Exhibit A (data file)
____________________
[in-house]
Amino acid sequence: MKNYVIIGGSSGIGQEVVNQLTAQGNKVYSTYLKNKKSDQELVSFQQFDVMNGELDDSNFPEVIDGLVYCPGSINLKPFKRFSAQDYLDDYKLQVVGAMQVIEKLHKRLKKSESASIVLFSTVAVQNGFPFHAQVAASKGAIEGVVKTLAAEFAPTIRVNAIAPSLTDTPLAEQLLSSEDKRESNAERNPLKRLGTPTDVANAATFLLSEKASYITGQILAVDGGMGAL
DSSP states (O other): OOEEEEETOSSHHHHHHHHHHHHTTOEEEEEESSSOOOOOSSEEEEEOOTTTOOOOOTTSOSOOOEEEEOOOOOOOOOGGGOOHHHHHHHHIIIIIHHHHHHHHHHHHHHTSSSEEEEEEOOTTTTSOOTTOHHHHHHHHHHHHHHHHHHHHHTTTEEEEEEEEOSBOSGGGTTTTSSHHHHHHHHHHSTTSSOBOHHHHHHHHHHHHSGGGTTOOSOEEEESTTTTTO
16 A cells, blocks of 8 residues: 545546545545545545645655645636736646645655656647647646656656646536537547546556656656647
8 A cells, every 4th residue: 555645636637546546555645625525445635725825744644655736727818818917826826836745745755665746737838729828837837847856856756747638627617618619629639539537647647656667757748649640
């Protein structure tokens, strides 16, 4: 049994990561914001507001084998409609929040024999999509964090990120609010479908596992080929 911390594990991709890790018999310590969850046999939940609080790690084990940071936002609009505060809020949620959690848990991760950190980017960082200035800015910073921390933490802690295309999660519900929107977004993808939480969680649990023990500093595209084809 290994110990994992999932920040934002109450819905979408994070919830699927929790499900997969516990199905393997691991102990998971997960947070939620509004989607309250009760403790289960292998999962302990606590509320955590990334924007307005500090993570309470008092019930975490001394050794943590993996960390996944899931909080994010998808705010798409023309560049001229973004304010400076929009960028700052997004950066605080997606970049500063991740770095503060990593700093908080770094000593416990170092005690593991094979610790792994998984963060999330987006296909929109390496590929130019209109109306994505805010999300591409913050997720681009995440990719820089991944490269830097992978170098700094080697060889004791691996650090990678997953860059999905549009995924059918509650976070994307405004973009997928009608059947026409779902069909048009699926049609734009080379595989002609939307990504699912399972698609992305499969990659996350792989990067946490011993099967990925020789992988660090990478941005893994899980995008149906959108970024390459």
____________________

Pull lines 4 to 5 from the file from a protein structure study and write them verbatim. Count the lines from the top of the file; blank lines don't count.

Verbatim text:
16 A cells, blocks of 8 residues: 545546545545545545645655645636736646645655656647647646656656646536537547546556656656647
8 A cells, every 4th residue: 555645636637546546555645625525445635725825744644655736727818818917826826836745745755665746737838729828837837847856856756747638627617618619629639539537647647656667757748649640